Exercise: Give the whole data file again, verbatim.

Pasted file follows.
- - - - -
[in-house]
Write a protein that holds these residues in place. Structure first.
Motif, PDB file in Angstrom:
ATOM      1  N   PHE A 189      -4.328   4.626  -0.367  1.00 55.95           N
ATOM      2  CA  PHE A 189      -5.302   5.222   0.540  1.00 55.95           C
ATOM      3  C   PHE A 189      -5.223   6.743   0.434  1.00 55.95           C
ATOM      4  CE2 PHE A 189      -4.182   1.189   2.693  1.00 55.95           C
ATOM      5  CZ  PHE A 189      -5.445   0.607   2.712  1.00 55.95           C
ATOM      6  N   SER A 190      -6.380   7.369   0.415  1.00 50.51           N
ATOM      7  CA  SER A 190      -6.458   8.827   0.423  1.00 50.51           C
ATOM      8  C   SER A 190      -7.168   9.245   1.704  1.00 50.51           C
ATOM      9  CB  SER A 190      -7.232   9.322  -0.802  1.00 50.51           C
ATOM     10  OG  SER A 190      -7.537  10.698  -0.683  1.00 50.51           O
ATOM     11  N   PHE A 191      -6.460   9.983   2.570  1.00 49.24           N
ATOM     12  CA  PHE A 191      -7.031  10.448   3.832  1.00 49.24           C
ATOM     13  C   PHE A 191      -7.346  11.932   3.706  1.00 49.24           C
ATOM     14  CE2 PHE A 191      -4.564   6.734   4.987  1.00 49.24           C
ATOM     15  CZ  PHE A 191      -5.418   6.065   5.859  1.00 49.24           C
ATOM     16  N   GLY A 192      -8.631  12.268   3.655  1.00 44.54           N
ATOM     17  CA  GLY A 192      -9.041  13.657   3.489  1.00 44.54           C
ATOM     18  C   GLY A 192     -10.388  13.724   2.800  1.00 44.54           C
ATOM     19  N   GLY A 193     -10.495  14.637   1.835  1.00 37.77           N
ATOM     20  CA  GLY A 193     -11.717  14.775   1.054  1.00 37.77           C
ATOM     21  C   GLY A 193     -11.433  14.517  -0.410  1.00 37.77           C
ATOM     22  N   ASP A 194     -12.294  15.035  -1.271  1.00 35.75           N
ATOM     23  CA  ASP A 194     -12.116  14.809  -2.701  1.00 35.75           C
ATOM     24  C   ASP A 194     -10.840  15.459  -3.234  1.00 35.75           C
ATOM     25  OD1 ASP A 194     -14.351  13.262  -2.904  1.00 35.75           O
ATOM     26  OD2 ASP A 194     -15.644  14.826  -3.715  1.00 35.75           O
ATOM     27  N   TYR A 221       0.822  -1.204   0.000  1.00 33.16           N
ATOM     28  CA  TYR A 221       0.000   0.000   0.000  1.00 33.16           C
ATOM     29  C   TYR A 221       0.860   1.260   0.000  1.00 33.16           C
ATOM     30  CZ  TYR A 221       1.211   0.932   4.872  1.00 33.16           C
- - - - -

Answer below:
[in-house]
Write a protein that holds these residues in place. Structure first.
Motif, PDB file in Angstrom:
ATOM      1  N   PHE A 189      -4.328   4.626  -0.367  1.00 55.95           N
ATOM      2  CA  PHE A 189      -5.302   5.222   0.540  1.00 55.95           C
ATOM      3  C   PHE A 189      -5.223   6.743   0.434  1.00 55.95           C
ATOM      4  CE2 PHE A 189      -4.182   1.189   2.693  1.00 55.95           C
ATOM      5  CZ  PHE A 189      -5.445   0.607   2.712  1.00 55.95           C
ATOM      6  N   SER A 190      -6.380   7.369   0.415  1.00 50.51           N
ATOM      7  CA  SER A 190      -6.458   8.827   0.423  1.00 50.51           C
ATOM      8  C   SER A 190      -7.168   9.245   1.704  1.00 50.51           C
ATOM      9  CB  SER A 190      -7.232   9.322  -0.802  1.00 50.51           C
ATOM     10  OG  SER A 190      -7.537  10.698  -0.683  1.00 50.51           O
ATOM     11  N   PHE A 191      -6.460   9.983   2.570  1.00 49.24           N
ATOM     12  CA  PHE A 191      -7.031  10.448   3.832  1.00 49.24           C
ATOM     13  C   PHE A 191      -7.346  11.932   3.706  1.00 49.24           C
ATOM     14  CE2 PHE A 191      -4.564   6.734   4.987  1.00 49.24           C
ATOM     15  CZ  PHE A 191      -5.418   6.065   5.859  1.00 49.24           C
ATOM     16  N   GLY A 192      -8.631  12.268   3.655  1.00 44.54           N
ATOM     17  CA  GLY A 192      -9.041  13.657   3.489  1.00 44.54           C
ATOM     18  C   GLY A 192     -10.388  13.724   2.800  1.00 44.54           C
ATOM     19  N   GLY A 193     -10.495  14.637   1.835  1.00 37.77           N
ATOM     20  CA  GLY A 193     -11.717  14.775   1.054  1.00 37.77           C
ATOM     21  C   GLY A 193     -11.433  14.517  -0.410  1.00 37.77           C
ATOM     22  N   ASP A 194     -12.294  15.035  -1.271  1.00 35.75           N
ATOM     23  CA  ASP A 194     -12.116  14.809  -2.701  1.00 35.75           C
ATOM     24  C   ASP A 194     -10.840  15.459  -3.234  1.00 35.75           C
ATOM     25  OD1 ASP A 194     -14.351  13.262  -2.904  1.00 35.75           O
ATOM     26  OD2 ASP A 194     -15.644  14.826  -3.715  1.00 35.75           O
ATOM     27  N   TYR A 221       0.822  -1.204   0.000  1.00 33.16           N
ATOM     28  CA  TYR A 221       0.000   0.000   0.000  1.00 33.16           C
ATOM     29  C   TYR A 221       0.860   1.260   0.000  1.00 33.16           C
ATOM     30  CZ  TYR A 221       1.211   0.932   4.872  1.00 33.16           C